Once again sad news from N/a’an ku se ~ THREE of their beloved, released wild dogs, shot after just 8 months of freedom

TRAGIC, TRAGIC news, they work hard to rebuild wild dog numbers in Namibia, they monitor two packs of wild dogs in the Mangetti as well as rescuing these dogs when they needed it & yet again man takes innocent lives. I cannot explain to you the loss they will be feeling. Their mantra is to rescue, rehabilitate & release wherever possible, so sad that these dogs were lost like this 😭😭

I have had the privilege of feeding this pack whilst they were still at the sanctuary, when you know how much love goes into the work they do, it makes it all the more devastating. On one hand it’s amazing that they had a chance of freedom,  it would be easier to accept had they met some kind of natural end, but to lose their lives like this, for no reason at all at the hands of man reinforces the worry for the worlds wild life!!

We are heartbroken and in shock! Two of our magnificent African wild dogs were killed and a third seriously injured on the Zannier Reserve by Naankuse. Read thefull press release here:

Protected species slain

A pack of five African wild dogs, Namibia’s most endangered carnivore species, was callously persecuted on Tuesday, 12 February 2019. The shocking incident occurred on the Zannier Reserve by Naankuse. Situated in close proximity to Windhoek Hosea Kutako Airport and the Naankuse Lodge and Wildlife Sanctuary, the Zannier Reserve by Naankuse acts as a haven for wildlife – a haven that instead became a scene of brutality this week.

Two wild dogs lost their lives, with a third severely injured and fighting for his life in the Naankuse Veterinary Clinic. They came to the Naankuse Wildlife Sanctuary as pups, siblings Nadia and Jaco rescued from a situation of conflict in the Mangetti area of Namibia’s north-east, with the three brothers, Namib, Desert and Veldt, having been removed from a situation of certain death in the Otjozondjupa region. Raised by Marlice Van Vuuren the pups thrived and formed a remarkable pack of five. After almost two years of dedication to these animals, classified as endangered by the IUCN’s red list of threatened species and legally protected within Namibia since 2016, these dogs were ambassadors for their species and formed one of the Naankuse Foundation’s most successful release projects to date. Furthermore, the release process provided vital research data, with two of the dogs having been fitted with GPS collars. Embracing freedom on the Zannier Reserve by Naankuse in June 2018 the pack, affectionately dubbed the “Famous Five”, survived without conflict for seven months.

A farmer neighbouring Naankuse Lodge and Wildlife Sanctuary was made aware of suspicious activity concerning the African wild dogs in the morning of 12 February. He immediately alerted Naankuse staff who investigated the situation. The African wild dogs in question remained on the reserve side, with no evidence of them having left the property and strayed onto airport ground. The remains of a hunt were clearly evident, a kudu having been chased and caught on the reserve side by the wild dogs, next to the fence dividing the reserve and the airport grounds. Numerous studies have shown that African wild dogs make use of man-made structures and perimeter fences when bringing down prey, and the pack of five regularly made use of the fence line when hunting. Upon further inspection, 12G shotgun shell casings and tracks indicating that illegal trespass onto the reserve to a distance of at least 40m from the dividing fence had taken place, were discovered. In addition to this, the remains of two deceased wild dogs and a third severely injured dog prompted the manager of the Zannier Reserve by Naankuse to contact police. Members of the Namibian Police Force and the Protected Resources Unit (PRU) responded and investigated the crime scene.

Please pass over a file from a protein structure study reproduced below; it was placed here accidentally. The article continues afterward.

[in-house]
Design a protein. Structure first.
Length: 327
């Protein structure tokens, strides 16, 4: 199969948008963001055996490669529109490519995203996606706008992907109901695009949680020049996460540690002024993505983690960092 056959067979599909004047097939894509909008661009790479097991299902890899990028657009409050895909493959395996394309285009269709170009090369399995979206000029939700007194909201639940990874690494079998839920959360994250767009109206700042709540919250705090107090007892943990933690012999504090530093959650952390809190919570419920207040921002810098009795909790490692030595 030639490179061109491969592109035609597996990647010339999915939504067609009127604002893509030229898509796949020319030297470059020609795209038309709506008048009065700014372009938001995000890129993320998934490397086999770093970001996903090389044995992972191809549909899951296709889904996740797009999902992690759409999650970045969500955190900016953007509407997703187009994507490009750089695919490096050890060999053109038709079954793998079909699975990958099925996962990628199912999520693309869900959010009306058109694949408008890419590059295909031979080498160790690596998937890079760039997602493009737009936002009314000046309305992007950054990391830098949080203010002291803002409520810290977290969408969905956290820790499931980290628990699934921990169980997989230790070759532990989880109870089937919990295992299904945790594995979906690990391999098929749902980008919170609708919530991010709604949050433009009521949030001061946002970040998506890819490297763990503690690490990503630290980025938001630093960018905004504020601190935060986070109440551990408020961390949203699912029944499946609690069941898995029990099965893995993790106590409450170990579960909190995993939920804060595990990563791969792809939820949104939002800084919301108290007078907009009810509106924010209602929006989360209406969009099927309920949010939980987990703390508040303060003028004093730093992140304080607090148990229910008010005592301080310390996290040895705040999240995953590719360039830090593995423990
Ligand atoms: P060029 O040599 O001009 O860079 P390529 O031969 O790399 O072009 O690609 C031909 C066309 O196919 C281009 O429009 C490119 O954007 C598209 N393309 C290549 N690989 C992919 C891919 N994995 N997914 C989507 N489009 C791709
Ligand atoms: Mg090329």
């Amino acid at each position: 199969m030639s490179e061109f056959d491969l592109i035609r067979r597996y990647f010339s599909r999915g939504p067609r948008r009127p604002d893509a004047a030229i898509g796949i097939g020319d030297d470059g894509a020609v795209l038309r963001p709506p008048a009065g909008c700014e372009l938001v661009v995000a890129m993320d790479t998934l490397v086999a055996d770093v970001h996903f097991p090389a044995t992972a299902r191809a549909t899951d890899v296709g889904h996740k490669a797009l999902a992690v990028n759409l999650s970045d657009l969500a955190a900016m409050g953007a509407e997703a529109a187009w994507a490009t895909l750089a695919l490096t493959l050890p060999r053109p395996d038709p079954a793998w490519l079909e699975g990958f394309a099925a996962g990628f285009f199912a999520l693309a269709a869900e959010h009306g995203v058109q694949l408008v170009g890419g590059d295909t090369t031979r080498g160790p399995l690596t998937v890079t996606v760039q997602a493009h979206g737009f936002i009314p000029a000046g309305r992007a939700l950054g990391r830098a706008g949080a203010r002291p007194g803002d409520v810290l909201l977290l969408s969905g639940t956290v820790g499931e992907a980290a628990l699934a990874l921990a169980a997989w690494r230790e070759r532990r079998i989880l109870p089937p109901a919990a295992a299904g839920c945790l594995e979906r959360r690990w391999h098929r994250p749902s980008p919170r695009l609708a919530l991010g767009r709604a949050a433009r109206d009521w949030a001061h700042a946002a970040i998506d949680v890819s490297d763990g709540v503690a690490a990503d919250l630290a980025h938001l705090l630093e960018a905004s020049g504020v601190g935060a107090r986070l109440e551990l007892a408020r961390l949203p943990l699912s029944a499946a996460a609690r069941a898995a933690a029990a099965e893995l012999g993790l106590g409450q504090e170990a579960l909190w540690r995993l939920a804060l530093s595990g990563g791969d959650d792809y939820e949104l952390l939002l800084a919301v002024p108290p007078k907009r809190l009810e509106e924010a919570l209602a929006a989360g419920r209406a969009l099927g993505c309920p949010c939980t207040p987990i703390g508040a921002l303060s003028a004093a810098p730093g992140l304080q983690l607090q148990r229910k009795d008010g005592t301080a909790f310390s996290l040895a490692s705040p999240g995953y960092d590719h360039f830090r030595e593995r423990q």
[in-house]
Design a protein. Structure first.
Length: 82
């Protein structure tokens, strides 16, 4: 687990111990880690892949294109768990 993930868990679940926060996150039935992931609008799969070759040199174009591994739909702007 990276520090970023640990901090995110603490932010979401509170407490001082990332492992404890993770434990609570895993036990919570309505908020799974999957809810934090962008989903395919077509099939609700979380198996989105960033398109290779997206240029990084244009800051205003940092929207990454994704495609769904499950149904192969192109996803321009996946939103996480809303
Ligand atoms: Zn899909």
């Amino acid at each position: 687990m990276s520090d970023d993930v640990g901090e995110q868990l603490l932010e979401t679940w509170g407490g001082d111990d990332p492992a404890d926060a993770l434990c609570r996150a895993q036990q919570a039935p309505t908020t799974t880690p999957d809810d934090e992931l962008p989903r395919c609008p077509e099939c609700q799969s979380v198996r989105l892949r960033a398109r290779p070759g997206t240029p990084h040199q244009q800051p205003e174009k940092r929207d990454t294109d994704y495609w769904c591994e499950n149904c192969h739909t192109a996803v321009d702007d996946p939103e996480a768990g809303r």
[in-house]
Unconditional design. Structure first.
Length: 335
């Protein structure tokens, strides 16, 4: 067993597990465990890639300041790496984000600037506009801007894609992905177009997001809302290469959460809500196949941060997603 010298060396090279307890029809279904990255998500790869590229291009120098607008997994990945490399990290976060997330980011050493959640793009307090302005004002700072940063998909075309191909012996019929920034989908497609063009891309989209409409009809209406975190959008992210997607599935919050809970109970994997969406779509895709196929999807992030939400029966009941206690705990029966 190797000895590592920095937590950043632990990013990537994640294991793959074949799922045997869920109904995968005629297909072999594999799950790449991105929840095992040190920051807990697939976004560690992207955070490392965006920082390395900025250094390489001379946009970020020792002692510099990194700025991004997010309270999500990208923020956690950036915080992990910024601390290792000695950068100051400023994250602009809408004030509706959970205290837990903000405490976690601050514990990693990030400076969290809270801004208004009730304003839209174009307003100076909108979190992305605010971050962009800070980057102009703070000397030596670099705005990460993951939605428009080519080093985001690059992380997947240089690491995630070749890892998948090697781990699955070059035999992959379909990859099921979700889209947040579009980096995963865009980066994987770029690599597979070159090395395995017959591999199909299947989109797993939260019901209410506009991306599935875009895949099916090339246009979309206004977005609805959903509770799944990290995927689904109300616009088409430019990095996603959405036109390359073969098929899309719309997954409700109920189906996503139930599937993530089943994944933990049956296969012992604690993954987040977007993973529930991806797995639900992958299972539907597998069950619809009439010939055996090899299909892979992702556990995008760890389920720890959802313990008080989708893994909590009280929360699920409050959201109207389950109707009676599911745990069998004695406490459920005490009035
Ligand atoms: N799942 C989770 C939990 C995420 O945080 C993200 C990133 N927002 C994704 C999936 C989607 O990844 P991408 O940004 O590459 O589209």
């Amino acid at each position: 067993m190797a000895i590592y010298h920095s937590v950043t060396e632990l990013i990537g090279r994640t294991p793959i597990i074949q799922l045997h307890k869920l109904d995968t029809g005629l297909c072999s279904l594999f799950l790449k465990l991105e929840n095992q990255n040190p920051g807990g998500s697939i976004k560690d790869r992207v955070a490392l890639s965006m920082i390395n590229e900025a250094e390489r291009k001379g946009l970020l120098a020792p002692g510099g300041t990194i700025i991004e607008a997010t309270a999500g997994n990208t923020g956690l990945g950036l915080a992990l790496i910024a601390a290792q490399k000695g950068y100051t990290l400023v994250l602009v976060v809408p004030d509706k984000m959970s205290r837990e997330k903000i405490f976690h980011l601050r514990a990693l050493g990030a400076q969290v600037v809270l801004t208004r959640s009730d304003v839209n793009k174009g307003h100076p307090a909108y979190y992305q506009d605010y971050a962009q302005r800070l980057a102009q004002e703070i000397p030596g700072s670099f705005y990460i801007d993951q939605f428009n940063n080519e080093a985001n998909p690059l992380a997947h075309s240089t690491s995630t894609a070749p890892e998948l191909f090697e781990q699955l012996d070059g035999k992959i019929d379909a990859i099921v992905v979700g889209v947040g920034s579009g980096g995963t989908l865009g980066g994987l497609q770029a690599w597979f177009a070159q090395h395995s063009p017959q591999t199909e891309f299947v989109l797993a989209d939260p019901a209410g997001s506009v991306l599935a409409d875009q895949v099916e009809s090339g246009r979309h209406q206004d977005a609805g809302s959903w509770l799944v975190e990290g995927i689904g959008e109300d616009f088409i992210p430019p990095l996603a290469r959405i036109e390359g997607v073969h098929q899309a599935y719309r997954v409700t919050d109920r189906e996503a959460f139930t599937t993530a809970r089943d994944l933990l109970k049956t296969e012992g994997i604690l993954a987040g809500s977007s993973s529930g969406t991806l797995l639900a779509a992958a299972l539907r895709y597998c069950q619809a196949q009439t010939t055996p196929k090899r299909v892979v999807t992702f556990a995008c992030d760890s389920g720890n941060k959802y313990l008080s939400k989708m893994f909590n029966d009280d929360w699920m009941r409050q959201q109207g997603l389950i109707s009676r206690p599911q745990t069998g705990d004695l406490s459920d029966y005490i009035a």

After alerting the airport maintenance manager to the possibility of airport security personnel having illegally trespassed private property and potentially shot and killed a protected species, the maintenance manager made immediate enquiries. Three airport security and three airport maintenance personnel were identified with a kudu carcass in the back of a vehicle. The suspects were taken to the scene, whereupon members of the police force searched the vehicle for evidence. The six suspects, believed to have trespassed and shot and killed the wild dogs in order to obtain their kudu prey, were charged and remain in police custody.

Naankuse veterinarian, Dr. Kobus Hoffman, performed forensic autopsies on the deceased wild dogs and found further evidence of shotgun pellets, indicating that the dogs had been shot with a 12G shotgun. A punctured aorta caused massive haemorrhaging in one of the dogs, with the other having been killed by a shotgun pellet passing through its pulmonary artery. The third dog, Jaco, currently being treated at the Naankuse Veterinary Clinic, suffered from shotgun pellet wounds to the neck and face, with further pellets potentially lodged internally.

The Naankuse Foundation would like to thank the neighbouring farmers, the Namibian Police Force, PRU and anti-poaching unit for their quick response and efforts in apprehending the suspects of a heinous crime against Namibia’s painted dogs – Africa’s second-most endangered canid.

Rest in peace, Nadia and Desert. Your deaths will not be in vain!

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